But of course, I was much too stubborn to allow my eyes to drift to you, despite my thinking you made quite the dashing figure on the ice. But there will be other winters to come. Perhaps next time you engage in a friendly game of hockey back home in our beloved Avonlea, you will come to the edge of the lake, where the ice becomes snow, and steal a kiss from your most devoted of fans, who will be standing on the sidelines cheering you on. Or maybe you will take my hand in yours and drag me onto the ice, pass me a stick, and teach me how to shoot. I remember you once offering to slay my dragons for me, and I hope now you realize I am capable of doing that alone, but that doesn’t mean I don’t desire company along the way. One Gilbert Blythe as my partner-in-crime; members of the same T-E-A-M. You can distract the great beast while I wield the sword!
My soul sang as I read your sentiment of our hearts being tethered together by a finely woven string. I hope it is as golden as my love for you. That it glows as warmly as my heart when my thoughts drift to you, as they so often do. Perhaps then the string will begin to warm, and you will feel the heat against your heart and your hand and imagine I am with you, my palm against yours. I believe we have always been destined for each other. Imagine, Gilbert, both of us as bright little pockets of stardust high in the Heavens, admiring the glow of the other from afar before being plummeted earthward, transformed into worldly beings so we can meet as we have. So I may be brought to Avonlea, and you may step from the mist like the dashing hero of my wildest dreams. Maybe that is why we have always had such an affinity to reflect upon the other when the world is awash with starlight? It reminds us of when we first fell in love, high in the skies, before I was Anne, and you were Gilbert, and we were nothing but pockets of stardust.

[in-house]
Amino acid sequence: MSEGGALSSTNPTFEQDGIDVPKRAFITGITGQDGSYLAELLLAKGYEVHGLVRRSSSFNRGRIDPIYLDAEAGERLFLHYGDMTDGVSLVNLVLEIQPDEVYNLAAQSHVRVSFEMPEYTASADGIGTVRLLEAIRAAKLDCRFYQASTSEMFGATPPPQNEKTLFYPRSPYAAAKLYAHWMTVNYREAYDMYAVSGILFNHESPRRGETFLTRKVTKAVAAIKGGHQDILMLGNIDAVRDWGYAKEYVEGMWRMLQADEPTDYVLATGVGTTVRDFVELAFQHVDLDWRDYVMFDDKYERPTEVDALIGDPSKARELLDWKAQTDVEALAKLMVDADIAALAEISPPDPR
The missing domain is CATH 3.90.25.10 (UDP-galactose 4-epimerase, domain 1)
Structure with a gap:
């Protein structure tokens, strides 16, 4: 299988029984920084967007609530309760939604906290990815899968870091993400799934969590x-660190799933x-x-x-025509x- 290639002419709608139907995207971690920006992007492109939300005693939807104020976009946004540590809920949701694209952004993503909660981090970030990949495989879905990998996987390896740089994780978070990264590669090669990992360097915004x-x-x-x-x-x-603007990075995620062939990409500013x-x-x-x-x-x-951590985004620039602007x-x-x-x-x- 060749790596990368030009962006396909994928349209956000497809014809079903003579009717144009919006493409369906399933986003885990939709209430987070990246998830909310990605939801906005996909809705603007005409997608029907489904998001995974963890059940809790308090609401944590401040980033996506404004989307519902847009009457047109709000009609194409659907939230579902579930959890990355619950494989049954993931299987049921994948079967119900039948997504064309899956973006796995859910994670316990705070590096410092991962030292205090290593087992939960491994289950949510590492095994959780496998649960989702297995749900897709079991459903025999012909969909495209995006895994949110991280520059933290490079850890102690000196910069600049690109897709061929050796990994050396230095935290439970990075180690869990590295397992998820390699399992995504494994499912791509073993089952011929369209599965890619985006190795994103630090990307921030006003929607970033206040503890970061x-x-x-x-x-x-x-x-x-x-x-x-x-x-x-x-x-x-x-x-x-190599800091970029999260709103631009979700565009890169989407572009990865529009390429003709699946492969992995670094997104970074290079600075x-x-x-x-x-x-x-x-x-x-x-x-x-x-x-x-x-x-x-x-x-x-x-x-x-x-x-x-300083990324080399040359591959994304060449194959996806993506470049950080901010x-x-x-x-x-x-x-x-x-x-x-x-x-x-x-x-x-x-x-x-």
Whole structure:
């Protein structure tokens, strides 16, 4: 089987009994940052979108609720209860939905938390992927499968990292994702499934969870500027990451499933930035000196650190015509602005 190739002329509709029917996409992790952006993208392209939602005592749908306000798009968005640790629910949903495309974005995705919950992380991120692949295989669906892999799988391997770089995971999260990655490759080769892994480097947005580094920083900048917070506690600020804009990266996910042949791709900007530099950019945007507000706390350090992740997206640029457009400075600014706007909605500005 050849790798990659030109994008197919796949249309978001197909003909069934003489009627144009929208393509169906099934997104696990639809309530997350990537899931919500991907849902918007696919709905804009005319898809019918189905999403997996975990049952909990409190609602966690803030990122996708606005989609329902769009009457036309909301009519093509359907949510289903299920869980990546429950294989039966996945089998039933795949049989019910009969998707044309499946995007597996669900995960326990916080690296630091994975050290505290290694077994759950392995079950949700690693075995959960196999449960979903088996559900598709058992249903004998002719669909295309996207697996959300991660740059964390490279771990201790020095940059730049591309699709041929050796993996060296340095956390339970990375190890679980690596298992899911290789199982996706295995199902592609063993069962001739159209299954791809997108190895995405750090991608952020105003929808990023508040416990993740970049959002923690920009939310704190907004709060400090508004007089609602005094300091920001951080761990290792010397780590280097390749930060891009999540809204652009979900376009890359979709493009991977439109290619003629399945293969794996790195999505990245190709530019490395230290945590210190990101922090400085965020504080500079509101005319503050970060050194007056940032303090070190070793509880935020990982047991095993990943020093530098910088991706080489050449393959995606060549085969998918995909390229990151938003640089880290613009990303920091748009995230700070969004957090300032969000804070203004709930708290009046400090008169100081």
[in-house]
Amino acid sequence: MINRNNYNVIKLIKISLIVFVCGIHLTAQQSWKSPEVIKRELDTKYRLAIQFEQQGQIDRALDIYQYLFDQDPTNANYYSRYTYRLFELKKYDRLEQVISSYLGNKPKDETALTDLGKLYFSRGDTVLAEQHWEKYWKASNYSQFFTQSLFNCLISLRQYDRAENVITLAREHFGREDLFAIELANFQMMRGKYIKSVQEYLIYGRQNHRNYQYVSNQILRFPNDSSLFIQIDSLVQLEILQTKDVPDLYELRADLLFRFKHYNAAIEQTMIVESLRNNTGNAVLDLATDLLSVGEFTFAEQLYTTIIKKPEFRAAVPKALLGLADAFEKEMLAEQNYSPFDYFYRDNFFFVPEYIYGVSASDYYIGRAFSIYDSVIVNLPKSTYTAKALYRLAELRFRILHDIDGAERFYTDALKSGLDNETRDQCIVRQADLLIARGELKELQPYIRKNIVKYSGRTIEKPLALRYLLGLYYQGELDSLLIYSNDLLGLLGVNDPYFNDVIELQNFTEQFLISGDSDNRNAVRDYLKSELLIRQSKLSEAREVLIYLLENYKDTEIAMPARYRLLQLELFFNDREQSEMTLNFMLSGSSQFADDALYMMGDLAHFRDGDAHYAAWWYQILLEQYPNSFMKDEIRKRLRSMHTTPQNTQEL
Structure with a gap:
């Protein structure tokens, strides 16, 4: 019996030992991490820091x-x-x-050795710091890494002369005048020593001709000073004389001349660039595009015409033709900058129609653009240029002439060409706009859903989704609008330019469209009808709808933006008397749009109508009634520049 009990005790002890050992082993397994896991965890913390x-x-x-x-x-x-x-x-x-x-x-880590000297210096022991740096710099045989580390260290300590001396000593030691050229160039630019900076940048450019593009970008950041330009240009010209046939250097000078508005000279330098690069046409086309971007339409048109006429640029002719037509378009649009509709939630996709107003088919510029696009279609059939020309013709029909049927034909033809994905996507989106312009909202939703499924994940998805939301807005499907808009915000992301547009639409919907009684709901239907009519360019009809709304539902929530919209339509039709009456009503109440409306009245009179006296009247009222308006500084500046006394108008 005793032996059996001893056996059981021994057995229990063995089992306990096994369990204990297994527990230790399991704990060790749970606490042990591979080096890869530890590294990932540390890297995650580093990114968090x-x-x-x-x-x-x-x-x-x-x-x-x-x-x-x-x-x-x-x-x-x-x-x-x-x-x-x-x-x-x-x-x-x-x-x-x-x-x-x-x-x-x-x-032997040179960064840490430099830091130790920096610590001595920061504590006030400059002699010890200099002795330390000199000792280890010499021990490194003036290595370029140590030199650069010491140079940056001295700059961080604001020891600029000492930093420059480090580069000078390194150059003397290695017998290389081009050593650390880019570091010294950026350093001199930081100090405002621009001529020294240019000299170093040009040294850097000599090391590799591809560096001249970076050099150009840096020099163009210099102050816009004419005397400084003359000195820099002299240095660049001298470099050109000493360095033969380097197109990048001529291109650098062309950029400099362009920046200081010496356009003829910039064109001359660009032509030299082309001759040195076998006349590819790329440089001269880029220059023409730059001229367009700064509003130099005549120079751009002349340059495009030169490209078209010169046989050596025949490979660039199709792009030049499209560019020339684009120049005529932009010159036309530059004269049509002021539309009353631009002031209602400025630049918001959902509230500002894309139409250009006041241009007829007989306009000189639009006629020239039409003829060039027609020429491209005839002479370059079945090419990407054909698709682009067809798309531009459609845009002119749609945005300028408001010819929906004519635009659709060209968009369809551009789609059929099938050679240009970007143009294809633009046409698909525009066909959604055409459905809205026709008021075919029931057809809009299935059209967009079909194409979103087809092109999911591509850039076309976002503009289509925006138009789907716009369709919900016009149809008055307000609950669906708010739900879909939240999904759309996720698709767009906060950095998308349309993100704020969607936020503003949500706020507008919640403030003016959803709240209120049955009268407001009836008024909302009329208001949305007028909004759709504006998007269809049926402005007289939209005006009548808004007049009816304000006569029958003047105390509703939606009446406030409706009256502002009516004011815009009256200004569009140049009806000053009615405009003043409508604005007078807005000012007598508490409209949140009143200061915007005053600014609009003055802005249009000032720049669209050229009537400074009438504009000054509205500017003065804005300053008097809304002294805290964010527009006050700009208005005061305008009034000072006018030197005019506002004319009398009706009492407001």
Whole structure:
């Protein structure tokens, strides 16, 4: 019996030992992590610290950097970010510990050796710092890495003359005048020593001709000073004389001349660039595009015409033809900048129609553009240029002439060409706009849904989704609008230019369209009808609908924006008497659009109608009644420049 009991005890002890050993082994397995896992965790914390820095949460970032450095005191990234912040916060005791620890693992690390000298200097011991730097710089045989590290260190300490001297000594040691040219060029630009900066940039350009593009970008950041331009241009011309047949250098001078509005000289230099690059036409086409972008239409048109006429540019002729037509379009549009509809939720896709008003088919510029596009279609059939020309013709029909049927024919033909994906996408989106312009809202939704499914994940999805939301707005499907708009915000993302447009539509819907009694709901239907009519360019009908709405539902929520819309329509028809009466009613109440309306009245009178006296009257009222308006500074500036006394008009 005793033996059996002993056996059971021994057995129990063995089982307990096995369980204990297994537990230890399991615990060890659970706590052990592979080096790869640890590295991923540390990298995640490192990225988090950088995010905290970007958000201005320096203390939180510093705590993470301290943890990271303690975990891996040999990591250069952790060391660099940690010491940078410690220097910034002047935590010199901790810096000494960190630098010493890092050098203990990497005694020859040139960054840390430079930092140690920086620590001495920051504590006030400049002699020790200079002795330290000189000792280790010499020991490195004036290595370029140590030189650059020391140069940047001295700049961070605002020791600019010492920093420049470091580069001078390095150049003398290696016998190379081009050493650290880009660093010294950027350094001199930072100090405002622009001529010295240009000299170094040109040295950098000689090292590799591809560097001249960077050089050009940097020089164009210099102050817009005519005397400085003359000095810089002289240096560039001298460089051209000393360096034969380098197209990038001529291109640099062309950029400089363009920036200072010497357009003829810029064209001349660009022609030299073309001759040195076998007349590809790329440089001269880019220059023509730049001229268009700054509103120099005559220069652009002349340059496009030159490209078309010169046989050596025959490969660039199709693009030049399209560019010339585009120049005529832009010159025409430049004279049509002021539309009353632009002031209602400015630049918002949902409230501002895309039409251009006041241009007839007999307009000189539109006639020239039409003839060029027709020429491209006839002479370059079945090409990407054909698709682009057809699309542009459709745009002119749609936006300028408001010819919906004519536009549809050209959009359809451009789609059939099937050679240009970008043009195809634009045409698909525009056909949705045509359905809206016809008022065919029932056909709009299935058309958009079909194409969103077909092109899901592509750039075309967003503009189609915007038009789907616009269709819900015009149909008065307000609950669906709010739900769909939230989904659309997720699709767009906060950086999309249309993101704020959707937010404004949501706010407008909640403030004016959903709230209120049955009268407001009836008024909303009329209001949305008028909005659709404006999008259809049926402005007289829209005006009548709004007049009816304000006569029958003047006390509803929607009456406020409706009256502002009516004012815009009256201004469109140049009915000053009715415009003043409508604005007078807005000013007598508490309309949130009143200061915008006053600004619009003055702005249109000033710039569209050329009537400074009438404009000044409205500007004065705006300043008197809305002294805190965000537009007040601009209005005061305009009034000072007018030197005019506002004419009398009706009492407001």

You write of my parents and your desire to know them, and I am certain they would have loved you as I do (although perhaps not so fondly.) I suppose you have come to know them in your own way. You know the freckles I imagine dusted the bridge of my father’s nose and my mother’s hair upon my head (and the temper that I’m certain I have inherited from her. Redheads are known to be fiery, though you’ve had enough experience of this for my explaining of it to be superfluous) just as I have come to know your mother through you. I imagine a most gracious woman with a long, dark tangle of wild curls that spill down her back, like the curls I so often long to feel beneath my fingertips, and a smile that feels like being caught in the first golden beams of daylight, much like yours.
How I long to see that smile now, to bask in your June glow on this chilly February evening. To feel your arms wrap around me and your heartbeat beneath your shirt as I melt into you, my most darling love. I ache for you so, as the windows of Charlottetown stores are filled with paper lace and cards, and I’m reminded that the holiday for lovers is fast approaching. How I wish I could see you on our first Valentine’s Day as a couple. As Gilbert and Anne, like the stars decreed.
I will end this letter on a less sentimental note. I have decided upon ginger snaps and shortbread for Ben and have recruited dear Ruby to assist me in the task, in the promise that we will make a batch for Moody also. I just have to decide how to send them to Toronto.
Longing to see you soon, my dearest love.
Forever yours faithfully,